Robrecht Declercq – World Market Transformation: Inside the German Fur Capital Leipzig 1870 and 1939
Name Product: Robrecht Declercq – World Market Transformation: Inside the German Fur Capital Leipzig 1870 and 1939
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Instructor: Robrecht Declercq
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To the surprise of many, regionally embedded clusters of small to medium sized businesses have continued to exist in spite of industrialisation and mass production. While scholars have discovered that the advantages of embeddedness in terms of industrialisation were situated in interfirm cooperation and conflict resolving mechanisms, it is far less clear how changing historical circumstances on the world market, i.e. globalisation, affected such systems.
Taking a look inside Leipzig, a capital of the global fur industry between 1870 and 1939 with its numerous highly specialised businesses, both in production as well as trade, World Market Transformation examines the robustness of district firms within the highly volatile international fur business. This book examines how firm embeddedness not only served to overcome challenges related to industrialisation, but also strengthened the abilities of cluster firms to deal with changing world market circumstances.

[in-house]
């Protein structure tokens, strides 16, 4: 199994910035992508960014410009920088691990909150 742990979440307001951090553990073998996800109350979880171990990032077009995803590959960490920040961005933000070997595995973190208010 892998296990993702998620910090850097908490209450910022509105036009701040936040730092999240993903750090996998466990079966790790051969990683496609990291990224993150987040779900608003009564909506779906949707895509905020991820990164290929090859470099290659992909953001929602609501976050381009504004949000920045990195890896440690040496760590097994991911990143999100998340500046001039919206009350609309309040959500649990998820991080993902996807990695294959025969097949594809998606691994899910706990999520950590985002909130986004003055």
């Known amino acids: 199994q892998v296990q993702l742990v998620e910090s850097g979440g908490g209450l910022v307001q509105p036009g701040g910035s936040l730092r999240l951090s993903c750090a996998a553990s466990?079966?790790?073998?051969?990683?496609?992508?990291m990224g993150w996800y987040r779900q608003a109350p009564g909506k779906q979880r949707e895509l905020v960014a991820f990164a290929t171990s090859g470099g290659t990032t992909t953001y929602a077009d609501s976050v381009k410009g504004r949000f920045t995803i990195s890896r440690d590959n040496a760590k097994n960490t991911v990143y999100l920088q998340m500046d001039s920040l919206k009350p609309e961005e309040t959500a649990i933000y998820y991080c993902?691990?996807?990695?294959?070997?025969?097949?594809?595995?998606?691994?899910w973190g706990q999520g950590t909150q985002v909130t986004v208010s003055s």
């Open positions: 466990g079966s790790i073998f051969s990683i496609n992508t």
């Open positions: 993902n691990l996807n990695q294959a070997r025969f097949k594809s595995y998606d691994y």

World Market Transformation integrates the “interior-biased” research tradition on local business systems and industrial districts into the “exterior” fields of global and transnational history. It is demonstrated that the local business district not only emerged because of the expansion of international trade, but that district processes of interfirm cooperation also gave shape to the spatial distribution, conventions and structures of the very same world market. The analysis of embedded communities thus offers an important instrument to examine phenomena of economic globalisation, but also how such macro-economic developments have been shaped and actively constructed by local actors.
About the Author
Robrecht Declercq is Postdoctoral Researcher connected to the research group Communities, Connections, and Comparisons (CCC) and the History Department of the Ghent University, Belgium.
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